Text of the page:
No one should ever underestimate the impact of being told that you have cancer. Even when delivered by a health professional in whom you have trust, even when the prognosis is good, it still represents the first step of a journey into the unknown. In the shock of the moment, you may not have heard everything that was said or may not have asked all the questions for which you need answers.
Sometimes, the news isn’t delivered in the best way. The doctor may have been in a rush or brusque or lacking in bedside manner at a point when you feel intensely vulnerable. In addition, you may feel frightened or angry or blame yourself in some way for your condition.
How can you best handle all the conflicting emotions that come to the surface? If you have close family, you will want to look to them for support but you may also want to protect them from your fears. If you live alone, there may not be an obvious person in whom to confide. This is where talking to a specialist cancer counsellor can help you to begin to regain a sense of control in a situation that can often feel totally out of control. An experienced therapist will listen to you, get a real understanding of your circumstances and difficulties and help you find your best way through the roller coaster of emotions that inevitably arise when cancer is diagnosed.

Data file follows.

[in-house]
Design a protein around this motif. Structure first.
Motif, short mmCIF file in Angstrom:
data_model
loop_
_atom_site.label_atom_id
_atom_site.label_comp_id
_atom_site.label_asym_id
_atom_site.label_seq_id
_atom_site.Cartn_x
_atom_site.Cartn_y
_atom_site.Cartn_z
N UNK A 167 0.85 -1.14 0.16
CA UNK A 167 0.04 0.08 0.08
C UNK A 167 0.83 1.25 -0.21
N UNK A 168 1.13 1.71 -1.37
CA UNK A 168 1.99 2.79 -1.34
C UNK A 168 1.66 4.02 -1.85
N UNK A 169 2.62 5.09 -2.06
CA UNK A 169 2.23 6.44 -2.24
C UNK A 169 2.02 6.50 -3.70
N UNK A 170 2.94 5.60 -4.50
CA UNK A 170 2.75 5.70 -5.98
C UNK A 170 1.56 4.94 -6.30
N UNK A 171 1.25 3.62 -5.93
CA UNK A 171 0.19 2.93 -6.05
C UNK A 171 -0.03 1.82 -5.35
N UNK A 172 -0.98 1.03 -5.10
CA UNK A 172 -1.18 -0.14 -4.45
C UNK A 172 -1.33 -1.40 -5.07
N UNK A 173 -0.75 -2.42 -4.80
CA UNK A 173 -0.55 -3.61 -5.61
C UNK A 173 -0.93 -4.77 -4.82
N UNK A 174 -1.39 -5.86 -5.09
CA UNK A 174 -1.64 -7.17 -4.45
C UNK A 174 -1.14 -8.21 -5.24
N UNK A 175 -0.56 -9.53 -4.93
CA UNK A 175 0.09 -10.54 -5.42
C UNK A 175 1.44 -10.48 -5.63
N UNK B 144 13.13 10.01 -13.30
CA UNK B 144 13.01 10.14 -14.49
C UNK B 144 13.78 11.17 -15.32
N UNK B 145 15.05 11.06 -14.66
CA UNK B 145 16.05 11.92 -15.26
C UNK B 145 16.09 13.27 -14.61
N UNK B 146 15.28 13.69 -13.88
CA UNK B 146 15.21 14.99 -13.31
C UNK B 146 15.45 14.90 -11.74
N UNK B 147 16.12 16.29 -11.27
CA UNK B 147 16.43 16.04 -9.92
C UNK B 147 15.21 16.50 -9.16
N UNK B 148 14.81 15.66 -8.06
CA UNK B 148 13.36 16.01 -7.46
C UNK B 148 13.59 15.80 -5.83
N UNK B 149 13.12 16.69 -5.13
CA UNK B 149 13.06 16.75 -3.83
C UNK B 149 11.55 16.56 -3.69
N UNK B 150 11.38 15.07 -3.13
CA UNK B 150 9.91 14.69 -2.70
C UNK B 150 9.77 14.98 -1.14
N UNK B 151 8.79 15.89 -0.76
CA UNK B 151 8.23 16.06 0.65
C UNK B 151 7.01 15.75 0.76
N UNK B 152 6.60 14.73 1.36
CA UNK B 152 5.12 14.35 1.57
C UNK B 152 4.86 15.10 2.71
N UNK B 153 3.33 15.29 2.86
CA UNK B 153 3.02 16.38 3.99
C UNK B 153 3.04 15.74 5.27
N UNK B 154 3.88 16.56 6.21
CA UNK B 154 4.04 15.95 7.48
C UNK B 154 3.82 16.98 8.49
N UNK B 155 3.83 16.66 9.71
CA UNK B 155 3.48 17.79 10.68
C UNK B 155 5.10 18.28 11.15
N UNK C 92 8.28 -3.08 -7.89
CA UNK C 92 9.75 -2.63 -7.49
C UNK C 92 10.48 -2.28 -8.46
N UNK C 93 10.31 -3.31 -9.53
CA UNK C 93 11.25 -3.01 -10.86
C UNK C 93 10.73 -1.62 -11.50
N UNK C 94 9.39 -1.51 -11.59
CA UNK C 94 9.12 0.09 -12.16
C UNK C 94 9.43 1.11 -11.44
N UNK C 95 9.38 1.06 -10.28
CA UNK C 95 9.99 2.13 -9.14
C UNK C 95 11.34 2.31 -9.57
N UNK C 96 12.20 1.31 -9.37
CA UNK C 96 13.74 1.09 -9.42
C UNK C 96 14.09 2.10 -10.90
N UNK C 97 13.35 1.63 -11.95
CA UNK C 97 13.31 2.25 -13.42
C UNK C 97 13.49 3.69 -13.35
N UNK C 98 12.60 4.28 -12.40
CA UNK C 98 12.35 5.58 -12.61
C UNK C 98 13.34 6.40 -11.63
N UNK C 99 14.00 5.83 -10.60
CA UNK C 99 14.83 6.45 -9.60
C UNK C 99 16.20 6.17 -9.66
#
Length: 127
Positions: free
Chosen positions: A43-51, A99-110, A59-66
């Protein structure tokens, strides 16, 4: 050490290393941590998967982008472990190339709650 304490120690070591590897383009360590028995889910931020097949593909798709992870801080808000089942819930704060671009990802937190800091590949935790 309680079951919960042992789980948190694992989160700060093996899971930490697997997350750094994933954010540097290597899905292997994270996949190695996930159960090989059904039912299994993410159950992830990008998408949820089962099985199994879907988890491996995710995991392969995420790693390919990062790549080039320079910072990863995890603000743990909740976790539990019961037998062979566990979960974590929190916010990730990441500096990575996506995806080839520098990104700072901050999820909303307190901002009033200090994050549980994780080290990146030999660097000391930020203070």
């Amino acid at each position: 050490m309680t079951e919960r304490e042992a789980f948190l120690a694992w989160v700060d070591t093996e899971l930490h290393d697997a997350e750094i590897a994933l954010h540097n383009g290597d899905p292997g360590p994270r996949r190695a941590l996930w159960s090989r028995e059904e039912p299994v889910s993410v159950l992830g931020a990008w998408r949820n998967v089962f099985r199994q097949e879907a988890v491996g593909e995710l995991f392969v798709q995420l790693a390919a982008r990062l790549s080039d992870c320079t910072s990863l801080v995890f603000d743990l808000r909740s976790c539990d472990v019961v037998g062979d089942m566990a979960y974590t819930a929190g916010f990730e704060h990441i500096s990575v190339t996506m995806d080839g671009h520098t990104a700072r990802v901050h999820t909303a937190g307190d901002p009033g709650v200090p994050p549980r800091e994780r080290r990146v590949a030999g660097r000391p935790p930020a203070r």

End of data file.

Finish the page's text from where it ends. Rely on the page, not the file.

Useful general reading:
CANCER IS A WORD, NOT A SENTENCE: A Six Step Guide for the the Newly Diagnosed by Dr Robert Buckman.
www.cancerhelp.org.uk – Part of Cancer Research UK
Macmillan Cancer Support www.macmillan.org.uk